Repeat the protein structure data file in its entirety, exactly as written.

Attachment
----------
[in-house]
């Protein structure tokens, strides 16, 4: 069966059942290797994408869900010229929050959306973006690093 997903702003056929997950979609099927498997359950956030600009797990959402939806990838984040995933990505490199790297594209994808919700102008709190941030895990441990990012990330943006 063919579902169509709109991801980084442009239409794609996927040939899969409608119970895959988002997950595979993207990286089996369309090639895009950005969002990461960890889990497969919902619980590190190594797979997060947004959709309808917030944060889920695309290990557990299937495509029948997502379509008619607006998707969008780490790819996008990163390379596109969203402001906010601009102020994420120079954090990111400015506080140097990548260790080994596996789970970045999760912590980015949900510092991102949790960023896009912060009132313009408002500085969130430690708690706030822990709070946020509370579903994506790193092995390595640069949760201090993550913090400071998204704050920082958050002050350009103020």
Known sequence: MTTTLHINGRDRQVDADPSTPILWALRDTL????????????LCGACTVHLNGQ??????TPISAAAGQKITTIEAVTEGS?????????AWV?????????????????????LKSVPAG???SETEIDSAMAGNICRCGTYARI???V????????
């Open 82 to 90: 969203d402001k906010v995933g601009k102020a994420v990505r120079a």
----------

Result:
[in-house]
């Protein structure tokens, strides 16, 4: 069966059942290797994408869900010229929050959306973006690093 997903702003056929997950979609099927498997359950956030600009797990959402939806990838984040995933990505490199790297594209994808919700102008709190941030895990441990990012990330943006 063919579902169509709109991801980084442009239409794609996927040939899969409608119970895959988002997950595979993207990286089996369309090639895009950005969002990461960890889990497969919902619980590190190594797979997060947004959709309808917030944060889920695309290990557990299937495509029948997502379509008619607006998707969008780490790819996008990163390379596109969203402001906010601009102020994420120079954090990111400015506080140097990548260790080994596996789970970045999760912590980015949900510092991102949790960023896009912060009132313009408002500085969130430690708690706030822990709070946020509370579903994506790193092995390595640069949760201090993550913090400071998204704050920082958050002050350009103020």
Known sequence: MTTTLHINGRDRQVDADPSTPILWALRDTL????????????LCGACTVHLNGQ??????TPISAAAGQKITTIEAVTEGS?????????AWV?????????????????????LKSVPAG???SETEIDSAMAGNICRCGTYARI???V????????
């Open 82 to 90: 969203d402001k906010v995933g601009k102020a994420v990505r120079a």